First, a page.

I’ve blogged before about how I think “strong is the new skinny” has replaced one (unrealistic for many people) ideal—skinny–with a new one—strong—and how this isn’t really a solution for changing the way women think about their bodies. Especially if we assume that “strong” involves looking like the magazine covers and women who tell us that this is the new way to shape our bodies, going into a gym and trying to make our bodies look strong and match that new ideal is not so different from going into the gym and trying to make them look thin and toned.
Or is it?
As time has gone on, I’ve started to wonder if the “strong is the new skinny” message might not be at least partially a win for women (and the men who admire them). I’ve come to realize that just like a personal training client who comes in wanting to lose weight but then starts to fall in love with exercising and eating real food because of the way it makes them feel, women who start off trying to build a strong-looking body will (hopefully) end up in a situation where they can amaze themselves with their bodies and can build physical strength–both big wins I’ve had in my march towards loving my own body. Whether or not they are lean and mean and look like the images of strength that are typically associated with the motto, women getting stronger is, in my opinion, a good thing.
I’d be lying if I said that part of what drew me to CrossFit way back (prebok days) when wasn’t hoping that I would look a little more like one of those “strong” girls. In the process, I realized that regardless of what happens with my body, there are successes and strengths that come from working out in a way that focuses more on what I can do than on how I look because of it—I’m not perfect, but I certainly have an appreciation for what I’m capable of that I didn’t have before. At the risk of missing out on an opportunity to get into a kind of working out that just might leave women feeling like badasses and leave them physically and mentally stronger, I think we need to be careful not to dismiss “strong is the new skinny” as another way that someone is trying to trick us into driving ourselves batty chasing a new ideal. Maybe “strong” is a better ideal to go after because it can carry meaning beyond just an appearance or even beyond the physical—something skinny could never do. Am I strong enough to carry that weight? Am I mentally strong enough to talk myself into doing it? Am I strong enough to appreciate and maybe even love my body despite it’s cellulite, it’s flab, it’s whatever I think is “wrong” with it?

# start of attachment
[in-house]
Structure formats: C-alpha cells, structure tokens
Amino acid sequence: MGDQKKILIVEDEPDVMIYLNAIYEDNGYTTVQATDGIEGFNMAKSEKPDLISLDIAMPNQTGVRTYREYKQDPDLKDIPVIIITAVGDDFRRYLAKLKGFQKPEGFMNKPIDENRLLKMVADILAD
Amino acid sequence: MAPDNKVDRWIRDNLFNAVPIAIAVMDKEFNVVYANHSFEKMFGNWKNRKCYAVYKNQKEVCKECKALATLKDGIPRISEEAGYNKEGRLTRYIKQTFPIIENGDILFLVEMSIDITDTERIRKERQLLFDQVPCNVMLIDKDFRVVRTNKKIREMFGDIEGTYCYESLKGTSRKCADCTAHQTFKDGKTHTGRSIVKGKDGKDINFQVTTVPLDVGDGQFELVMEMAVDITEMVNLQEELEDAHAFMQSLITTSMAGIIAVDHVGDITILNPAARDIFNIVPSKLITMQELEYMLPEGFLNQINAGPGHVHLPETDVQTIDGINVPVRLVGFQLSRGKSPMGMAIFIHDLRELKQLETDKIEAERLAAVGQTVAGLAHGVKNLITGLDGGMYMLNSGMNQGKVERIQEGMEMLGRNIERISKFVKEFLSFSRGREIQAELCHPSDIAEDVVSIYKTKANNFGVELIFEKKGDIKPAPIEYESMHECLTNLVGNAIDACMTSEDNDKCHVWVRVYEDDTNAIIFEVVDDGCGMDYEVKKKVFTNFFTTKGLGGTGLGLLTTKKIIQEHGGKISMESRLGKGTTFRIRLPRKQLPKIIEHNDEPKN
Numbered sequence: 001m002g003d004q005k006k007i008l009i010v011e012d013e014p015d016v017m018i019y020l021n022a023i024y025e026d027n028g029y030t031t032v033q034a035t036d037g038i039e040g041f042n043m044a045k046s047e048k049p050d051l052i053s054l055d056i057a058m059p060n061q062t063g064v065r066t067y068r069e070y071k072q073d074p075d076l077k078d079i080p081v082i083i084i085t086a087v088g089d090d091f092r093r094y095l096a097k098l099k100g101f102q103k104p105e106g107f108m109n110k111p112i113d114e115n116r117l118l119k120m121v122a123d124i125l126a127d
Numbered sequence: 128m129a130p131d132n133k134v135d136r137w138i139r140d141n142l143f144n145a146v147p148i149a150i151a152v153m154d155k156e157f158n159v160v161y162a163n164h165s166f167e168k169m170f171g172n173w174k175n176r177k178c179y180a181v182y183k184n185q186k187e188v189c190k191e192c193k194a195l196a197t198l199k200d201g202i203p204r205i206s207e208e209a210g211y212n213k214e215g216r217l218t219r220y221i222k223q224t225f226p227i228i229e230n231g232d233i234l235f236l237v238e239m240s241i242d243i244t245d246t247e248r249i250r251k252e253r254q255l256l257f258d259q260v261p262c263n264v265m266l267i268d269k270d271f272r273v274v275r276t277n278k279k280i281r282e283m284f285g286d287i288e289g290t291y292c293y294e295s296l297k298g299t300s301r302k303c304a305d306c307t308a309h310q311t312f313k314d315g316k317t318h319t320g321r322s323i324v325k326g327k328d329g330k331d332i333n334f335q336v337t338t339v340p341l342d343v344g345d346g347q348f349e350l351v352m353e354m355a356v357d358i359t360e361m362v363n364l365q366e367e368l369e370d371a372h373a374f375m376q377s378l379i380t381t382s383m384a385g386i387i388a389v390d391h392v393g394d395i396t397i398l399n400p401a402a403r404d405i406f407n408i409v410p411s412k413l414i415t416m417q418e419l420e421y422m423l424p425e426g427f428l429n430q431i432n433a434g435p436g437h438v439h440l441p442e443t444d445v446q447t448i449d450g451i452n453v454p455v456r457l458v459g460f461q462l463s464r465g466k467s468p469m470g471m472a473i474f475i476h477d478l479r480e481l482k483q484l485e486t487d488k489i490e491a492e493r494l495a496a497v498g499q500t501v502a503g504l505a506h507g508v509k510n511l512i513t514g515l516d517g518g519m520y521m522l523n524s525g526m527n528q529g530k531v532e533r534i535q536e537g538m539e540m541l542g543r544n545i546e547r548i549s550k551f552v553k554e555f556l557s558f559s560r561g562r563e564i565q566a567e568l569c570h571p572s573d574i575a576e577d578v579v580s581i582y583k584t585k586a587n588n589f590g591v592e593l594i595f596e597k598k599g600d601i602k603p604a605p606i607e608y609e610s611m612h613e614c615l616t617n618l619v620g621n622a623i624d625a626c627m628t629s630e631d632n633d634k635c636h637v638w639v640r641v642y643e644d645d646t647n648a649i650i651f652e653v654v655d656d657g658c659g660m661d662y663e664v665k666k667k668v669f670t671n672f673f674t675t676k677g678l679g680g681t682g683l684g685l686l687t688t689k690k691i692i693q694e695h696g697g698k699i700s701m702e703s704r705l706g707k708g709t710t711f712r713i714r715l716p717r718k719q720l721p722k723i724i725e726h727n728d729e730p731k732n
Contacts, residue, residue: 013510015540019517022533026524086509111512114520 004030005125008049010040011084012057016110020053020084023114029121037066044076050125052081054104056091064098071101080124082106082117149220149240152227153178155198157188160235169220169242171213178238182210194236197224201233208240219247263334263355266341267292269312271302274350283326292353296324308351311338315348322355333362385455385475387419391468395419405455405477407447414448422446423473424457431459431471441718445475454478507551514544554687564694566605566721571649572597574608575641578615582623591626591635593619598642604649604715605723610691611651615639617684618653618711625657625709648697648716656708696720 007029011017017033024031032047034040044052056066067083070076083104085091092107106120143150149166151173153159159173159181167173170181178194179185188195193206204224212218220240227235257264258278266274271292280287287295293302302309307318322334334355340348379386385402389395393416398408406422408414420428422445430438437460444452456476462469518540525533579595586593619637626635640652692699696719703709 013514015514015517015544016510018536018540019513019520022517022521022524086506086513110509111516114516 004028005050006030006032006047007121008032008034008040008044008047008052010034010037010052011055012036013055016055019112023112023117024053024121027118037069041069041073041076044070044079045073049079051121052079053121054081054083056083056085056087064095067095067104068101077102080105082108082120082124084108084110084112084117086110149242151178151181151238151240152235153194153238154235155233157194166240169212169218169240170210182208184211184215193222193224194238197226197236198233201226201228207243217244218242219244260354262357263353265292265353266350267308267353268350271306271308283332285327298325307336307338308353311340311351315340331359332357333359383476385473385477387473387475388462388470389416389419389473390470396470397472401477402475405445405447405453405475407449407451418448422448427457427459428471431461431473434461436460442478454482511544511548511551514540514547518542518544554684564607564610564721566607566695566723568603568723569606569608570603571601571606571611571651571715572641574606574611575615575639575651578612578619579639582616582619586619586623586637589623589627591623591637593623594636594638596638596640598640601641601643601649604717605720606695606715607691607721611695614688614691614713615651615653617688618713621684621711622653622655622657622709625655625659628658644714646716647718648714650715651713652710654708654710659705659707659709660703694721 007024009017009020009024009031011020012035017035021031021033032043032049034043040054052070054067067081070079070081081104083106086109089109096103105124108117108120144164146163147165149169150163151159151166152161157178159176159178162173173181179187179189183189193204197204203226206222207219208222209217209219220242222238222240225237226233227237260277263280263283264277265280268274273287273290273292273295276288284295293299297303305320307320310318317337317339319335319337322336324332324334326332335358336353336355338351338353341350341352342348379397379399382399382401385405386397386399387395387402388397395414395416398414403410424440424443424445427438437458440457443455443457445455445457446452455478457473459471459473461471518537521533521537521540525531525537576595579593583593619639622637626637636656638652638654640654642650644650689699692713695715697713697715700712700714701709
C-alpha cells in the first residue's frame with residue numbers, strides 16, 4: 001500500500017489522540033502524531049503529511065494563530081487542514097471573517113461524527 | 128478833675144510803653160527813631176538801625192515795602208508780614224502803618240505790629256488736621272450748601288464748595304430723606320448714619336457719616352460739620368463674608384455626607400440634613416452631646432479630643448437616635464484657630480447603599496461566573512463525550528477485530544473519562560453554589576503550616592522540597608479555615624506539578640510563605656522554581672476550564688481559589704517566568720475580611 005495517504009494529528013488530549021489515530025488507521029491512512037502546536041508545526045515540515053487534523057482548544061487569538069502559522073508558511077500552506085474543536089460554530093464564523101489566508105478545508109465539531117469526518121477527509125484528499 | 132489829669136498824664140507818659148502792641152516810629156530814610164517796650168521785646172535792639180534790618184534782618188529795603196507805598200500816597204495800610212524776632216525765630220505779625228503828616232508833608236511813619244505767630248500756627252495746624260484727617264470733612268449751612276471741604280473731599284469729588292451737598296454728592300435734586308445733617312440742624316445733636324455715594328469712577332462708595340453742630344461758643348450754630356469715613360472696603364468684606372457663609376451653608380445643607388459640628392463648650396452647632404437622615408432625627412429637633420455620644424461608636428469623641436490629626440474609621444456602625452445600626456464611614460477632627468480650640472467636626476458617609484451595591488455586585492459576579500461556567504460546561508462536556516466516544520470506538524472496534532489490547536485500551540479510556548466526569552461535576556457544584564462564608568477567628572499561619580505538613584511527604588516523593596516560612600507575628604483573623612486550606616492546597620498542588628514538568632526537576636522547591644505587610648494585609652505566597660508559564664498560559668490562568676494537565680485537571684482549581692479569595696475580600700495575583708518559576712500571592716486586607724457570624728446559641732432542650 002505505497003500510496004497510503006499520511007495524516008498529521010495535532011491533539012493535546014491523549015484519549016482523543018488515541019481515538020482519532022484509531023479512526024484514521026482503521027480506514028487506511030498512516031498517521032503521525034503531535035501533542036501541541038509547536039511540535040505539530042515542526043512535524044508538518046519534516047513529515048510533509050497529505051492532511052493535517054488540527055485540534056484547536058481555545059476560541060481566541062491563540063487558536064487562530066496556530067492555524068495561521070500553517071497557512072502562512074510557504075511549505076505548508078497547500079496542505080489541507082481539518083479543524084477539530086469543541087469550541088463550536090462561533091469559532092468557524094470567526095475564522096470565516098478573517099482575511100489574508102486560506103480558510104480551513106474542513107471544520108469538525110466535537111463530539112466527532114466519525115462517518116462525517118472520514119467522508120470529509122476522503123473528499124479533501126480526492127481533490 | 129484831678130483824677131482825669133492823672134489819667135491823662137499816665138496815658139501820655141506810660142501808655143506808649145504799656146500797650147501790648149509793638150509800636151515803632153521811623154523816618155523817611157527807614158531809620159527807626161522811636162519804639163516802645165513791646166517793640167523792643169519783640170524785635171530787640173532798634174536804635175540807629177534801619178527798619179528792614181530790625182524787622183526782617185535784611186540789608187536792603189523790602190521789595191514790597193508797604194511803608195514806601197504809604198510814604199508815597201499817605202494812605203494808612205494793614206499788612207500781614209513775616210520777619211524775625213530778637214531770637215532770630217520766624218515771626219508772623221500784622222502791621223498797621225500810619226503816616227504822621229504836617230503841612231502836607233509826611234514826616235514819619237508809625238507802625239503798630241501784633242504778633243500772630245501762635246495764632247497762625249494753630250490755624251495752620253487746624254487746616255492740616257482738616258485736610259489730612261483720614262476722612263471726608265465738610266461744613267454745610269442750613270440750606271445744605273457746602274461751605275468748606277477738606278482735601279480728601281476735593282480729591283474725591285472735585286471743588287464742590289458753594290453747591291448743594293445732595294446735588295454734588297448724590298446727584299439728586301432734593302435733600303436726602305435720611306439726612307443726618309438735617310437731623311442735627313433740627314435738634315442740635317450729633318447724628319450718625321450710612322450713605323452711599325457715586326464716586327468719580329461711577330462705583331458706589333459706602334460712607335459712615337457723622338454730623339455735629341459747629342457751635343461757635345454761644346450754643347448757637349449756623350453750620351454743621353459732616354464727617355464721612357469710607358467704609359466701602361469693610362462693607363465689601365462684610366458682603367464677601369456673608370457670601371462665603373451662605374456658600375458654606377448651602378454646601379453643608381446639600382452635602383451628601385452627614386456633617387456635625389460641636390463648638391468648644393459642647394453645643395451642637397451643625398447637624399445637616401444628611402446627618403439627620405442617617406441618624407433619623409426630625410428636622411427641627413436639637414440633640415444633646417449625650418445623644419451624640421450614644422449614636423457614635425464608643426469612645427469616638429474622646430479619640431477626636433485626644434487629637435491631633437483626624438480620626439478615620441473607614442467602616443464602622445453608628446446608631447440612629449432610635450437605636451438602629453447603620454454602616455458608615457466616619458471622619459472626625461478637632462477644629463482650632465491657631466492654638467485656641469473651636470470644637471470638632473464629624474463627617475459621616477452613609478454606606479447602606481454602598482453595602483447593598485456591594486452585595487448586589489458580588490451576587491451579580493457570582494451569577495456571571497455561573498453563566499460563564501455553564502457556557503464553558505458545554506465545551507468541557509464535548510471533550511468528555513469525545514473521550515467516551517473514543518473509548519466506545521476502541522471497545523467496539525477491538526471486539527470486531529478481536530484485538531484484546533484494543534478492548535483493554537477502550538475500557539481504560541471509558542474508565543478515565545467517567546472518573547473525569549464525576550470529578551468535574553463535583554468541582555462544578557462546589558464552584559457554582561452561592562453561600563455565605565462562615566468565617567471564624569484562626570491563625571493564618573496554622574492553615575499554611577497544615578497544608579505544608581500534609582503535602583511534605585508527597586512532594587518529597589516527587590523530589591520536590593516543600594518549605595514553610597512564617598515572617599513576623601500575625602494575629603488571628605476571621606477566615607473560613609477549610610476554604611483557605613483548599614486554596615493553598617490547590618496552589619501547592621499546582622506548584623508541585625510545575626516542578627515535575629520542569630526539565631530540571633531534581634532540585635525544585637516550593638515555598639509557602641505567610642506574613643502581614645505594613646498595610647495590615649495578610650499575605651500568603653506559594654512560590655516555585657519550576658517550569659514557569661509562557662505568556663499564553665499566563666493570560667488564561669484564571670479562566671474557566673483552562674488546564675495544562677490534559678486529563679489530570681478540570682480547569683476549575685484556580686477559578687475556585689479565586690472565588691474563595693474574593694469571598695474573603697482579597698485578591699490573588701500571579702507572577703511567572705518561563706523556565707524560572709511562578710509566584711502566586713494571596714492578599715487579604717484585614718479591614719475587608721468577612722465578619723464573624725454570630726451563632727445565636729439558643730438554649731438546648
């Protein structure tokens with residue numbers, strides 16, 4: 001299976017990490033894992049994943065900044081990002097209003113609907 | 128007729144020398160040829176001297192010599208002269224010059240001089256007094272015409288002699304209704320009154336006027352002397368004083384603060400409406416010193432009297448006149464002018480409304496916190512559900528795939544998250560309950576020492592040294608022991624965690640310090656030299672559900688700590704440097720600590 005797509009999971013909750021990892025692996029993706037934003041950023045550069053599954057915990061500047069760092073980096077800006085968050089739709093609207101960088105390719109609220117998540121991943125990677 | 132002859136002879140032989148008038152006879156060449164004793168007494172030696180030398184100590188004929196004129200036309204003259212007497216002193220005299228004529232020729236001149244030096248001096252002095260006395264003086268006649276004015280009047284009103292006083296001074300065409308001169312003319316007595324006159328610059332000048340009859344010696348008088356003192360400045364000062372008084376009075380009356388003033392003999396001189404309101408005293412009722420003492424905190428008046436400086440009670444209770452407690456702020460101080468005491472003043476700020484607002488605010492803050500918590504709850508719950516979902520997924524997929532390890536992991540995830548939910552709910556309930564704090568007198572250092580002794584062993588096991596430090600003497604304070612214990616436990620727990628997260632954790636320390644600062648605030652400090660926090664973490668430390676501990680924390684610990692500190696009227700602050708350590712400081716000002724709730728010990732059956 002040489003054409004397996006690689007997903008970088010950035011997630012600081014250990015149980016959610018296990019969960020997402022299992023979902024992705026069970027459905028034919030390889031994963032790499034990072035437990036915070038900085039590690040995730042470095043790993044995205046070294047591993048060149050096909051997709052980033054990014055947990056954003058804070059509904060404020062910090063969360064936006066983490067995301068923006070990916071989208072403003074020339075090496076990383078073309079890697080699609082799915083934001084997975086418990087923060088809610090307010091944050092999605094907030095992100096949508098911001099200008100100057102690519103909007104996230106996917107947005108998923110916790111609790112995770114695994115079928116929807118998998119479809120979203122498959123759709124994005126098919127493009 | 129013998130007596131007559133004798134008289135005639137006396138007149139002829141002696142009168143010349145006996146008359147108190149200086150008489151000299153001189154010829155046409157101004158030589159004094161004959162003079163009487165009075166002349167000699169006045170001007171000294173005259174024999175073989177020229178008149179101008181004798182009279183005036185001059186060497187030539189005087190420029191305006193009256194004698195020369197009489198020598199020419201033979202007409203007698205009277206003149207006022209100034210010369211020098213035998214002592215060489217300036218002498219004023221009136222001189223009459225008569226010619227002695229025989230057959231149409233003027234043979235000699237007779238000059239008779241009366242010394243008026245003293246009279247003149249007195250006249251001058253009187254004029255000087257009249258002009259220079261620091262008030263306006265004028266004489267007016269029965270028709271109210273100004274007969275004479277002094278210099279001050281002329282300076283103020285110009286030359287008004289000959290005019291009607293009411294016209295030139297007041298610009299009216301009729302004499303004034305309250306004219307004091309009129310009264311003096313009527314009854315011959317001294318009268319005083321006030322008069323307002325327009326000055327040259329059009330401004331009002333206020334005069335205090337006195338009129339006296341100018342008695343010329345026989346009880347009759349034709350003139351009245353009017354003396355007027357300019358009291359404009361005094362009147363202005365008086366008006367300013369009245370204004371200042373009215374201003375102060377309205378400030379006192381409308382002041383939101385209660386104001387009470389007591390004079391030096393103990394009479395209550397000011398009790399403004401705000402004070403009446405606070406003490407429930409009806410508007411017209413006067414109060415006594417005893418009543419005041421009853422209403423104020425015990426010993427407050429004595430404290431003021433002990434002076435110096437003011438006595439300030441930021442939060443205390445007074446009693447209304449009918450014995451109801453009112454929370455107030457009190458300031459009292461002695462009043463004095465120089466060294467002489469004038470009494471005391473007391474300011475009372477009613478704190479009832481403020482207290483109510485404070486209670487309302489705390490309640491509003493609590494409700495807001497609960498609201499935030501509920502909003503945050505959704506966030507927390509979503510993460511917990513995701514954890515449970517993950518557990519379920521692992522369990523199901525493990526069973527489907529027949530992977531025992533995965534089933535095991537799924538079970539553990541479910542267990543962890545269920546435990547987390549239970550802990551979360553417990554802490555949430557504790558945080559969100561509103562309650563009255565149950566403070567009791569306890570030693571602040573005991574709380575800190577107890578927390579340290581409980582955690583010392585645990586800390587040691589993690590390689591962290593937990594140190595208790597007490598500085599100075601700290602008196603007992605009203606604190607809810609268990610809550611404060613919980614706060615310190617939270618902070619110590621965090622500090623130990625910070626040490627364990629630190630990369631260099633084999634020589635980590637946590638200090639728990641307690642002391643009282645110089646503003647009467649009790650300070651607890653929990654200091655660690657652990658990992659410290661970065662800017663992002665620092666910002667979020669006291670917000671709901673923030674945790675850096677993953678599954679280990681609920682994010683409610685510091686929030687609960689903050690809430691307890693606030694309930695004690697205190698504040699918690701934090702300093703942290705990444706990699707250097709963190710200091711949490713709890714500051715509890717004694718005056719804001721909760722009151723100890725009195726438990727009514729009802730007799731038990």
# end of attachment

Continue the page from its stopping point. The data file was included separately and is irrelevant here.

Having strength as a goal, aesthetically and physically and mentally, has been empowering for me. Instead of focusing on what’s wrong with my body or what I needed to get rid of (as was the case when I just wanted to be thinner), it’s been a great opportunity to think about what I want to create and cultivate. Even if many of us are working out because we want to look a certain way, I think that the pursuit of that “ideal” might as well have positive side effects. My experience of trying to look skinny was undoubtedly unhealthy; my experience of wanting to look strong has been quite the opposite. Aiming for something instead of trying to fix something is probably the most powerful switch I’ve made in terms of my own health–and while I might not think that all of the things that go along with “strong is the new skinny” are necessarily in line with that I think the switch to focusing on strength is all about, I hope the women who are in it for the aesthetic reason and end up frustrated at not looking like an Oxygen magazine model are strong enough to see that they still rock.
What’s your take on “Strong is the new skinny”?
Do you work out mainly for aesthetic reasons?
What else do you get from working out?